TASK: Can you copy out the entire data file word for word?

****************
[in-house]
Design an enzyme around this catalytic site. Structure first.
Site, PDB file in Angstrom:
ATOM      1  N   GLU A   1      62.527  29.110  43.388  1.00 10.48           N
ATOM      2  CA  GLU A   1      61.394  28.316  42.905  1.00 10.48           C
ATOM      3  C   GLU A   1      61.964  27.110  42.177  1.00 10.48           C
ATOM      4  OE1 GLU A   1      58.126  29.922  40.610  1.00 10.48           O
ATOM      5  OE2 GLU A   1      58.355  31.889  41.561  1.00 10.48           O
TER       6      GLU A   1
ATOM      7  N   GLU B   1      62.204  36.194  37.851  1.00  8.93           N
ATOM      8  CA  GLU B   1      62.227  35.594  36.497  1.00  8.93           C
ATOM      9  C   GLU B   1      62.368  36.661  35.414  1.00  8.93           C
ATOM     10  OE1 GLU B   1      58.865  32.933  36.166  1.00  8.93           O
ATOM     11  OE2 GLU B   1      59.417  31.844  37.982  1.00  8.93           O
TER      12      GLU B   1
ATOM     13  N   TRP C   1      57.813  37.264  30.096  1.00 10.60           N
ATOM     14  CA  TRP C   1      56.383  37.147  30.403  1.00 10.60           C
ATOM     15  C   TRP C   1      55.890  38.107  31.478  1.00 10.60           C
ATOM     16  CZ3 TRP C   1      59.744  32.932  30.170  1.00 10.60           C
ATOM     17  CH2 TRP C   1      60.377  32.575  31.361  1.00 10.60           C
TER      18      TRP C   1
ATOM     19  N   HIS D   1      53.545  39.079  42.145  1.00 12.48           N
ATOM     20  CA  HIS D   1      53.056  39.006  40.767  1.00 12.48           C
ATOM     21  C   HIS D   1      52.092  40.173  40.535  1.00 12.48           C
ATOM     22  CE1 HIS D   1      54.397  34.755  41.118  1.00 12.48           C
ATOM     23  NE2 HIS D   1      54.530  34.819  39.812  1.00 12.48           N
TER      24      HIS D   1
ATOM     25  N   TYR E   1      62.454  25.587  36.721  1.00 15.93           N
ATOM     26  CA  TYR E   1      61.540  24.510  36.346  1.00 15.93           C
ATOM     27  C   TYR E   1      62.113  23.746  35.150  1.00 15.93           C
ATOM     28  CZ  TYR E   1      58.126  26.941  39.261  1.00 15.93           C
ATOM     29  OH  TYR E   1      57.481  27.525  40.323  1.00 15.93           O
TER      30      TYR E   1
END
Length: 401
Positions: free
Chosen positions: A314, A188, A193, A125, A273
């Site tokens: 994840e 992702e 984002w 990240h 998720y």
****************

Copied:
[in-house]
Design an enzyme around this catalytic site. Structure first.
Site, PDB file in Angstrom:
ATOM      1  N   GLU A   1      62.527  29.110  43.388  1.00 10.48           N
ATOM      2  CA  GLU A   1      61.394  28.316  42.905  1.00 10.48           C
ATOM      3  C   GLU A   1      61.964  27.110  42.177  1.00 10.48           C
ATOM      4  OE1 GLU A   1      58.126  29.922  40.610  1.00 10.48           O
ATOM      5  OE2 GLU A   1      58.355  31.889  41.561  1.00 10.48           O
TER       6      GLU A   1
ATOM      7  N   GLU B   1      62.204  36.194  37.851  1.00  8.93           N
ATOM      8  CA  GLU B   1      62.227  35.594  36.497  1.00  8.93           C
ATOM      9  C   GLU B   1      62.368  36.661  35.414  1.00  8.93           C
ATOM     10  OE1 GLU B   1      58.865  32.933  36.166  1.00  8.93           O
ATOM     11  OE2 GLU B   1      59.417  31.844  37.982  1.00  8.93           O
TER      12      GLU B   1
ATOM     13  N   TRP C   1      57.813  37.264  30.096  1.00 10.60           N
ATOM     14  CA  TRP C   1      56.383  37.147  30.403  1.00 10.60           C
ATOM     15  C   TRP C   1      55.890  38.107  31.478  1.00 10.60           C
ATOM     16  CZ3 TRP C   1      59.744  32.932  30.170  1.00 10.60           C
ATOM     17  CH2 TRP C   1      60.377  32.575  31.361  1.00 10.60           C
TER      18      TRP C   1
ATOM     19  N   HIS D   1      53.545  39.079  42.145  1.00 12.48           N
ATOM     20  CA  HIS D   1      53.056  39.006  40.767  1.00 12.48           C
ATOM     21  C   HIS D   1      52.092  40.173  40.535  1.00 12.48           C
ATOM     22  CE1 HIS D   1      54.397  34.755  41.118  1.00 12.48           C
ATOM     23  NE2 HIS D   1      54.530  34.819  39.812  1.00 12.48           N
TER      24      HIS D   1
ATOM     25  N   TYR E   1      62.454  25.587  36.721  1.00 15.93           N
ATOM     26  CA  TYR E   1      61.540  24.510  36.346  1.00 15.93           C
ATOM     27  C   TYR E   1      62.113  23.746  35.150  1.00 15.93           C
ATOM     28  CZ  TYR E   1      58.126  26.941  39.261  1.00 15.93           C
ATOM     29  OH  TYR E   1      57.481  27.525  40.323  1.00 15.93           O
TER      30      TYR E   1
END
Length: 401
Positions: free
Chosen positions: A314, A188, A193, A125, A273
């Site tokens: 994840e 992702e 984002w 990240h 998720y």